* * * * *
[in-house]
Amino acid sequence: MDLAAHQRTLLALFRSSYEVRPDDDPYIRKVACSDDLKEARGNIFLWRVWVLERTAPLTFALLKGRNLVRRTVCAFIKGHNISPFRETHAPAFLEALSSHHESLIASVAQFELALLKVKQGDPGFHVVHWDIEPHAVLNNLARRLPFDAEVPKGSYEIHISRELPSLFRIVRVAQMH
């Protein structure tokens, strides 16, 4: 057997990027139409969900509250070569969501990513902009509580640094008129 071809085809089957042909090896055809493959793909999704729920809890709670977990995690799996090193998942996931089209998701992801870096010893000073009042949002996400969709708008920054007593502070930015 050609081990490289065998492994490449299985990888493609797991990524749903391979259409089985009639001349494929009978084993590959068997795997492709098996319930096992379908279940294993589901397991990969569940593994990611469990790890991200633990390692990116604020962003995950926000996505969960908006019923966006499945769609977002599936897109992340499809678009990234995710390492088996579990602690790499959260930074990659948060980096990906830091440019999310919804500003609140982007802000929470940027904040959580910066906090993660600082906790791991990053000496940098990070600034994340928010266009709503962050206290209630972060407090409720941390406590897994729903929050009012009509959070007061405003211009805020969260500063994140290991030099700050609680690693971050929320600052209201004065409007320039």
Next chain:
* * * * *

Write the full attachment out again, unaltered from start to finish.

[in-house]
Amino acid sequence: MDLAAHQRTLLALFRSSYEVRPDDDPYIRKVACSDDLKEARGNIFLWRVWVLERTAPLTFALLKGRNLVRRTVCAFIKGHNISPFRETHAPAFLEALSSHHESLIASVAQFELALLKVKQGDPGFHVVHWDIEPHAVLNNLARRLPFDAEVPKGSYEIHISRELPSLFRIVRVAQMH
């Protein structure tokens, strides 16, 4: 057997990027139409969900509250070569969501990513902009509580640094008129 071809085809089957042909090896055809493959793909999704729920809890709670977990995690799996090193998942996931089209998701992801870096010893000073009042949002996400969709708008920054007593502070930015 050609081990490289065998492994490449299985990888493609797991990524749903391979259409089985009639001349494929009978084993590959068997795997492709098996319930096992379908279940294993589901397991990969569940593994990611469990790890991200633990390692990116604020962003995950926000996505969960908006019923966006499945769609977002599936897109992340499809678009990234995710390492088996579990602690790499959260930074990659948060980096990906830091440019999310919804500003609140982007802000929470940027904040959580910066906090993660600082906790791991990053000496940098990070600034994340928010266009709503962050206290209630972060407090409720941390406590897994729903929050009012009509959070007061405003211009805020969260500063994140290991030099700050609680690693971050929320600052209201004065409007320039």
Next chain: